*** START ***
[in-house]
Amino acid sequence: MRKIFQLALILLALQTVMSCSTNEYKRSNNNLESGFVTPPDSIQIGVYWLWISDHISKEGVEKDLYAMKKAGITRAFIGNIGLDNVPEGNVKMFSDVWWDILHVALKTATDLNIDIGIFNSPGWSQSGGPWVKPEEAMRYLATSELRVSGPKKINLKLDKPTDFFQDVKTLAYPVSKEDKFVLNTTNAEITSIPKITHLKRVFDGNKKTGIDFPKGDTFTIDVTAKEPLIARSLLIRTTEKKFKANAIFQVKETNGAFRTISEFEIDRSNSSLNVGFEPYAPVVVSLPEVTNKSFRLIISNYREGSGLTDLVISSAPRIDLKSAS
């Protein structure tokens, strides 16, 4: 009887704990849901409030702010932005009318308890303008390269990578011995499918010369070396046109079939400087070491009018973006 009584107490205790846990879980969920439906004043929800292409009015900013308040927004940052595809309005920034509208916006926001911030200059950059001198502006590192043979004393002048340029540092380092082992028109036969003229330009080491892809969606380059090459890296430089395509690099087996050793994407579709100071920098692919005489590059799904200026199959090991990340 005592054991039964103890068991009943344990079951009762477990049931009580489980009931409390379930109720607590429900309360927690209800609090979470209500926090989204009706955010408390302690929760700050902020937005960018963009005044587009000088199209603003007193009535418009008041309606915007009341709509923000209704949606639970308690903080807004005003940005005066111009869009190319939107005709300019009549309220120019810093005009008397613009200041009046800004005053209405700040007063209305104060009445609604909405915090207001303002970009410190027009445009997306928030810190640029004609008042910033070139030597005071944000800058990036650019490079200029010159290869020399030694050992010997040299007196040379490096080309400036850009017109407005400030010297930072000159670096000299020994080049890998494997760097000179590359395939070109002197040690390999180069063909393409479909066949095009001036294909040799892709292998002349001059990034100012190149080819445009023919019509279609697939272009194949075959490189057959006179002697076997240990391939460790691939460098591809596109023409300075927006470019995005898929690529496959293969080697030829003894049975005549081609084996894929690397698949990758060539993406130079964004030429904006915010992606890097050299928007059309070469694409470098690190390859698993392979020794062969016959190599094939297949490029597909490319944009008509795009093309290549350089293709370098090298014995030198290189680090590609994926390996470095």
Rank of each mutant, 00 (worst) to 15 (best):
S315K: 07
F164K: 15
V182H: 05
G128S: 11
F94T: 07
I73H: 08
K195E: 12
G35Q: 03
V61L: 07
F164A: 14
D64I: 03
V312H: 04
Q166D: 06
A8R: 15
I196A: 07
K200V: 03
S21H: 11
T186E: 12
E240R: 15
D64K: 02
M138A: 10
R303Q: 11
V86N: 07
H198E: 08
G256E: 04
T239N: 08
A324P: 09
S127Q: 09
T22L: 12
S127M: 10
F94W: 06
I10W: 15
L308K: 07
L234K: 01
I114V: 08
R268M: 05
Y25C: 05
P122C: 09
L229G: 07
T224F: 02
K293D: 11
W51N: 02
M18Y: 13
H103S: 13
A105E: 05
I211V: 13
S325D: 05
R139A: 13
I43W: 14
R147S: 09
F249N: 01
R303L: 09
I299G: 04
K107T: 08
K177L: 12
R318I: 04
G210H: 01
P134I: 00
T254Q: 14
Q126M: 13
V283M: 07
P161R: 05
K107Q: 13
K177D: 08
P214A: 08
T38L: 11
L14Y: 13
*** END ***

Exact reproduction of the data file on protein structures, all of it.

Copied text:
[in-house]
Amino acid sequence: MRKIFQLALILLALQTVMSCSTNEYKRSNNNLESGFVTPPDSIQIGVYWLWISDHISKEGVEKDLYAMKKAGITRAFIGNIGLDNVPEGNVKMFSDVWWDILHVALKTATDLNIDIGIFNSPGWSQSGGPWVKPEEAMRYLATSELRVSGPKKINLKLDKPTDFFQDVKTLAYPVSKEDKFVLNTTNAEITSIPKITHLKRVFDGNKKTGIDFPKGDTFTIDVTAKEPLIARSLLIRTTEKKFKANAIFQVKETNGAFRTISEFEIDRSNSSLNVGFEPYAPVVVSLPEVTNKSFRLIISNYREGSGLTDLVISSAPRIDLKSAS
């Protein structure tokens, strides 16, 4: 009887704990849901409030702010932005009318308890303008390269990578011995499918010369070396046109079939400087070491009018973006 009584107490205790846990879980969920439906004043929800292409009015900013308040927004940052595809309005920034509208916006926001911030200059950059001198502006590192043979004393002048340029540092380092082992028109036969003229330009080491892809969606380059090459890296430089395509690099087996050793994407579709100071920098692919005489590059799904200026199959090991990340 005592054991039964103890068991009943344990079951009762477990049931009580489980009931409390379930109720607590429900309360927690209800609090979470209500926090989204009706955010408390302690929760700050902020937005960018963009005044587009000088199209603003007193009535418009008041309606915007009341709509923000209704949606639970308690903080807004005003940005005066111009869009190319939107005709300019009549309220120019810093005009008397613009200041009046800004005053209405700040007063209305104060009445609604909405915090207001303002970009410190027009445009997306928030810190640029004609008042910033070139030597005071944000800058990036650019490079200029010159290869020399030694050992010997040299007196040379490096080309400036850009017109407005400030010297930072000159670096000299020994080049890998494997760097000179590359395939070109002197040690390999180069063909393409479909066949095009001036294909040799892709292998002349001059990034100012190149080819445009023919019509279609697939272009194949075959490189057959006179002697076997240990391939460790691939460098591809596109023409300075927006470019995005898929690529496959293969080697030829003894049975005549081609084996894929690397698949990758060539993406130079964004030429904006915010992606890097050299928007059309070469694409470098690190390859698993392979020794062969016959190599094939297949490029597909490319944009008509795009093309290549350089293709370098090298014995030198290189680090590609994926390996470095």
Rank of each mutant, 00 (worst) to 15 (best):
S315K: 07
F164K: 15
V182H: 05
G128S: 11
F94T: 07
I73H: 08
K195E: 12
G35Q: 03
V61L: 07
F164A: 14
D64I: 03
V312H: 04
Q166D: 06
A8R: 15
I196A: 07
K200V: 03
S21H: 11
T186E: 12
E240R: 15
D64K: 02
M138A: 10
R303Q: 11
V86N: 07
H198E: 08
G256E: 04
T239N: 08
A324P: 09
S127Q: 09
T22L: 12
S127M: 10
F94W: 06
I10W: 15
L308K: 07
L234K: 01
I114V: 08
R268M: 05
Y25C: 05
P122C: 09
L229G: 07
T224F: 02
K293D: 11
W51N: 02
M18Y: 13
H103S: 13
A105E: 05
I211V: 13
S325D: 05
R139A: 13
I43W: 14
R147S: 09
F249N: 01
R303L: 09
I299G: 04
K107T: 08
K177L: 12
R318I: 04
G210H: 01
P134I: 00
T254Q: 14
Q126M: 13
V283M: 07
P161R: 05
K107Q: 13
K177D: 08
P214A: 08
T38L: 11
L14Y: 13